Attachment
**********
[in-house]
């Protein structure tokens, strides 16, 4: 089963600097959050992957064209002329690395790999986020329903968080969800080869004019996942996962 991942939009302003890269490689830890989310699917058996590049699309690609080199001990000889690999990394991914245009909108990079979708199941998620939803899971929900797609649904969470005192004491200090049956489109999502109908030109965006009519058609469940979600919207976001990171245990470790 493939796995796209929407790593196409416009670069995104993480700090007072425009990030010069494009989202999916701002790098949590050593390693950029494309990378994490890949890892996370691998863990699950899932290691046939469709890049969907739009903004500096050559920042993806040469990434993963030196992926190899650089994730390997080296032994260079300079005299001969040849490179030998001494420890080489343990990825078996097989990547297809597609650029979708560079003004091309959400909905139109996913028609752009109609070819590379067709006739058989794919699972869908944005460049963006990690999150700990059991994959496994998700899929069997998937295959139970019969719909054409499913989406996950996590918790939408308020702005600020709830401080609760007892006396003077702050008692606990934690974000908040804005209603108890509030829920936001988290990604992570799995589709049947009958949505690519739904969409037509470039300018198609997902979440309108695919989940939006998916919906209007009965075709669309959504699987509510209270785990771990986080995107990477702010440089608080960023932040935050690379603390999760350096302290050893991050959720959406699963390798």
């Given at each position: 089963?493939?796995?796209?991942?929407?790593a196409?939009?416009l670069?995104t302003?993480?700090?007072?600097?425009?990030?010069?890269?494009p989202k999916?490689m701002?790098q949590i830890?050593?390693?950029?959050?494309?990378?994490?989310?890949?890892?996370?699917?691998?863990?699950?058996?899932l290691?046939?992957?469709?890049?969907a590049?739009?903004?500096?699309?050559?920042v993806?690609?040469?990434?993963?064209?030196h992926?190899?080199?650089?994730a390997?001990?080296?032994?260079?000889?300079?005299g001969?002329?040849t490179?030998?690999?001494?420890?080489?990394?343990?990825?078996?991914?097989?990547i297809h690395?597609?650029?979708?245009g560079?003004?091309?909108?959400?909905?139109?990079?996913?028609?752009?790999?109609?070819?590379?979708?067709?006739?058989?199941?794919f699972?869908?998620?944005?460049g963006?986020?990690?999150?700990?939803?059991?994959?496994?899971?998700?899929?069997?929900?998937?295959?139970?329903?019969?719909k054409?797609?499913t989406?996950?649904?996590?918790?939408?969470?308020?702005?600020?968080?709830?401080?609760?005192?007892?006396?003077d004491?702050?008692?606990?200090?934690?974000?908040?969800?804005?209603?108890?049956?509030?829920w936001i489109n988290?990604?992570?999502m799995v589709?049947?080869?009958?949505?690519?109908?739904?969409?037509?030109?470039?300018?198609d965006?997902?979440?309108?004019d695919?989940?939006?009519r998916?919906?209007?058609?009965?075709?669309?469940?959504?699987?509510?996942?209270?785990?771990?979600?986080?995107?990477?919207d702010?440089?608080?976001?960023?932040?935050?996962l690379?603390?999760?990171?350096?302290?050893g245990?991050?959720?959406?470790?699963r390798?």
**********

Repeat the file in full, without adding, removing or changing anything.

[in-house]
């Protein structure tokens, strides 16, 4: 089963600097959050992957064209002329690395790999986020329903968080969800080869004019996942996962 991942939009302003890269490689830890989310699917058996590049699309690609080199001990000889690999990394991914245009909108990079979708199941998620939803899971929900797609649904969470005192004491200090049956489109999502109908030109965006009519058609469940979600919207976001990171245990470790 493939796995796209929407790593196409416009670069995104993480700090007072425009990030010069494009989202999916701002790098949590050593390693950029494309990378994490890949890892996370691998863990699950899932290691046939469709890049969907739009903004500096050559920042993806040469990434993963030196992926190899650089994730390997080296032994260079300079005299001969040849490179030998001494420890080489343990990825078996097989990547297809597609650029979708560079003004091309959400909905139109996913028609752009109609070819590379067709006739058989794919699972869908944005460049963006990690999150700990059991994959496994998700899929069997998937295959139970019969719909054409499913989406996950996590918790939408308020702005600020709830401080609760007892006396003077702050008692606990934690974000908040804005209603108890509030829920936001988290990604992570799995589709049947009958949505690519739904969409037509470039300018198609997902979440309108695919989940939006998916919906209007009965075709669309959504699987509510209270785990771990986080995107990477702010440089608080960023932040935050690379603390999760350096302290050893991050959720959406699963390798």
């Given at each position: 089963?493939?796995?796209?991942?929407?790593a196409?939009?416009l670069?995104t302003?993480?700090?007072?600097?425009?990030?010069?890269?494009p989202k999916?490689m701002?790098q949590i830890?050593?390693?950029?959050?494309?990378?994490?989310?890949?890892?996370?699917?691998?863990?699950?058996?899932l290691?046939?992957?469709?890049?969907a590049?739009?903004?500096?699309?050559?920042v993806?690609?040469?990434?993963?064209?030196h992926?190899?080199?650089?994730a390997?001990?080296?032994?260079?000889?300079?005299g001969?002329?040849t490179?030998?690999?001494?420890?080489?990394?343990?990825?078996?991914?097989?990547i297809h690395?597609?650029?979708?245009g560079?003004?091309?909108?959400?909905?139109?990079?996913?028609?752009?790999?109609?070819?590379?979708?067709?006739?058989?199941?794919f699972?869908?998620?944005?460049g963006?986020?990690?999150?700990?939803?059991?994959?496994?899971?998700?899929?069997?929900?998937?295959?139970?329903?019969?719909k054409?797609?499913t989406?996950?649904?996590?918790?939408?969470?308020?702005?600020?968080?709830?401080?609760?005192?007892?006396?003077d004491?702050?008692?606990?200090?934690?974000?908040?969800?804005?209603?108890?049956?509030?829920w936001i489109n988290?990604?992570?999502m799995v589709?049947?080869?009958?949505?690519?109908?739904?969409?037509?030109?470039?300018?198609d965006?997902?979440?309108?004019d695919?989940?939006?009519r998916?919906?209007?058609?009965?075709?669309?469940?959504?699987?509510?996942?209270?785990?771990?979600?986080?995107?990477?919207d702010?440089?608080?976001?960023?932040?935050?996962l690379?603390?999760?990171?350096?302290?050893g245990?991050?959720?959406?470790?699963r390798?």